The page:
His main clients were not, after all, tailors. They were a tight circle of aristocrats and humanists around Bergamo, northeast of Milan. Moroni spent most of his life in Bergamo and some in nearby Brescia, to which his family moved when he was a child. Both places were part of the Venetian empire, but closer to Milan than to Venice, so their culture was strongly affected by Milan’s Spanish Habsburg rulers.
Moroni’s style is fundamentally Venetian: It combines Titian’s soft, permeable touch with the heightened naturalism of Lorenzo Lotto. You can also find traces of the Mannerist intensity of the Florentines Bronzino and Pontormo, and some of the more thoroughgoing Teutonic detail of Hans Holbein and Dürer.
Moroni was disparaged by the great art historian Bernard Berenson as being a “mere portrait painter” and “uninventive.” That seems unfair. The aim of the Frick show, organized by Aimee Ng, Simone Facchinetti and Arturo Galansino, is to show that Moroni’s almost “maniacal attention to detail,” as the curators say, coexisted with a great deal of artistic invention.
To that end, the curators have carefully sourced and elegantly displayed a number of objects related to items in the paintings: a fan of pink and white feathers, a rapier, a Roman sculpture of a nude male torso, a marten with a bejeweled head (a common accessory known as a zibellini), an exquisite fragment of brocaded velvet and, yes, a pair of black shears used for cutting fabric. The idea is to encourage the viewer to contemplate whether Moroni was as literal-minded as Berenson claimed.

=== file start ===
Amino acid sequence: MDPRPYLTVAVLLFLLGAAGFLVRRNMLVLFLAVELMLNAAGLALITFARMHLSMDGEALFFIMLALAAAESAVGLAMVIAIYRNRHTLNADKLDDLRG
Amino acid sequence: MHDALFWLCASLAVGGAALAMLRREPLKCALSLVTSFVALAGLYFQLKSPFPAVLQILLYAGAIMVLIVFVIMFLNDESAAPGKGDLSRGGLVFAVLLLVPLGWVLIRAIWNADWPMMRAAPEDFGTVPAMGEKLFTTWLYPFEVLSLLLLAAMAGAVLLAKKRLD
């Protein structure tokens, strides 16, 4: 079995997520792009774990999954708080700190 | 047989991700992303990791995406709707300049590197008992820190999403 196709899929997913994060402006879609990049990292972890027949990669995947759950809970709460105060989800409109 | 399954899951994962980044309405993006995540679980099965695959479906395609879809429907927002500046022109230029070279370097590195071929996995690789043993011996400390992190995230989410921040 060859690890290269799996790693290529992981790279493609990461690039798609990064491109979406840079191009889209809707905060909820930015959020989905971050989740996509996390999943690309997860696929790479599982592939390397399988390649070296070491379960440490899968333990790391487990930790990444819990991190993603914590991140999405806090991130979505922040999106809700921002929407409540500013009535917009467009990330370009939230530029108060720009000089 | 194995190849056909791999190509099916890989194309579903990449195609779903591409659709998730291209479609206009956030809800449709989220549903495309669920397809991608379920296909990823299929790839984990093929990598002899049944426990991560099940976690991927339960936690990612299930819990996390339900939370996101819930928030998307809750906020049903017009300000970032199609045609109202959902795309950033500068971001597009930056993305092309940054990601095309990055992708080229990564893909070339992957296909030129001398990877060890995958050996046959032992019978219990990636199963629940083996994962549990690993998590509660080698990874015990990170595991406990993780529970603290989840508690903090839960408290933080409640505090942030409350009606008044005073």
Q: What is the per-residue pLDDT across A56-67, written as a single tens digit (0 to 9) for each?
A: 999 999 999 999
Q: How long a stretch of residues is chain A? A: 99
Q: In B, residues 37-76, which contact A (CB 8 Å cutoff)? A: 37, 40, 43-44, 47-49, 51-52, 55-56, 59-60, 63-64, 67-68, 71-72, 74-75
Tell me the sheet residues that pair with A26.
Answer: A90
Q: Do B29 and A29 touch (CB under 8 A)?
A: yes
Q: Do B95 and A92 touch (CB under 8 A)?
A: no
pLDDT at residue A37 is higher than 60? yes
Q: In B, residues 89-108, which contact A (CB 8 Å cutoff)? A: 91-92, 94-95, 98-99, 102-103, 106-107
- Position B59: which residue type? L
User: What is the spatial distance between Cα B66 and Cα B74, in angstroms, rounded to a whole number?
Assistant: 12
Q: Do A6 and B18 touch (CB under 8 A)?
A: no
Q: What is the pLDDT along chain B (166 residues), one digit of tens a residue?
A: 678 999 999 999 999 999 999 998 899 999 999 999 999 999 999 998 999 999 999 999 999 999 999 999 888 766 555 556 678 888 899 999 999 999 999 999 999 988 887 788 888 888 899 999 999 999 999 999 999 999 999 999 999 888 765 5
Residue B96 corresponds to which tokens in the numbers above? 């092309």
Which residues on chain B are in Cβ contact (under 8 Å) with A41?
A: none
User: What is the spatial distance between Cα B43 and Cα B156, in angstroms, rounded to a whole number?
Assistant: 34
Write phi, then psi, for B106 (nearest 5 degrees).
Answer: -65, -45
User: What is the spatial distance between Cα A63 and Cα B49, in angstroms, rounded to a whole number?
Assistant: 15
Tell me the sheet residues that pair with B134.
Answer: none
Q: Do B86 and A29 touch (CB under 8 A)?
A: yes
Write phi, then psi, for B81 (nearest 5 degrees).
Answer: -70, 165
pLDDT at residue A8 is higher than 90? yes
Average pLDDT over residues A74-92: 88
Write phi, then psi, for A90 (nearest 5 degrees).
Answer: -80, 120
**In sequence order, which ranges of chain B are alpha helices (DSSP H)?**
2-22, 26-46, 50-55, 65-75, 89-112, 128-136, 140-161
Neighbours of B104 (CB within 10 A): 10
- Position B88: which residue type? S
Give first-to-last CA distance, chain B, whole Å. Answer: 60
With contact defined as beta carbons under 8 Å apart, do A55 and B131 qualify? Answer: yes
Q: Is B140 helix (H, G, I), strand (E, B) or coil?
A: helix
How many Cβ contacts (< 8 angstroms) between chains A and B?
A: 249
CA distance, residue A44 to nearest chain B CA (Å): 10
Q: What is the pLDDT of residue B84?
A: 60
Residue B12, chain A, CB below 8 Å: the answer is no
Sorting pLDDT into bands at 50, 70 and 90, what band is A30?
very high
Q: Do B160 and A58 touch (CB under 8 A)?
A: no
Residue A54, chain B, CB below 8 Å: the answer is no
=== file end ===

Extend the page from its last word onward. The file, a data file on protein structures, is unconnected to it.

Interesting as this is, it’s a distraction, perhaps, from thinking about why some of Moroni’s portraits feel so urgent and compelling and why others feel stiff and labored. I don’t think it’s hard to find the answer.
In the very best of them — “Portrait of a Young Woman,” “Bust Portrait of a Young Man With an Inscription” and the portraits of Alessandro Vittoria, Gabriel de la Cueva and Gabriele Albani — Moroni seems less concerned with fussing over the light and texture of his subjects’ accessories than on getting their faces and flesh tones right. And not just “getting them right,” but using all of his artistry, touch and sense of truth to convey their urgent, unmediated, intelligent, animal presence.
A story was told, and embellished in the 17th century, about a man from Bergamo coming to Venice and asking Titian to paint his portrait. Accustomed to painting emperors, popes, princesses, doges, kings and courtesans — or perhaps just unable to find time in his busy schedule — Titian told the gentleman to go back to Bergamo, where there was a painter, Moroni, whose portraits were better than his own. The man — it may have been Gabriele Albani — took his advice. A “stupendous portrait,” goes the story, resulted.
Was Titian — arguably the greatest painter ever — merely alighting on a convenient way to decline a bothersome request? Was his praise of Moroni an underhanded criticism, a way of saying: “You provincials like to ooh and aah over details, as if painting were a mere trade, a craft. You have just the man for the job back home. So leave me alone, I’m operating at a different level — at the level of art”?
That’s certainly one interpretation.
My own instinct is that Titian admired Moroni. How could he not? He would have been flattered to recognize his own influence on the talented painter from Bergamo. And he would not have seen Moroni (who was wonderful but limited) as a threat. So Titian would have felt free, I think, to see Moroni clearly, to admire him sincerely and to express that admiration unguardedly.
We, 450 years later, are at liberty to do the same.
Moroni: The Riches of Renaissance Portraiture Through June 2 at the Frick Collection, 1 E. 70th St., New York. frick.org.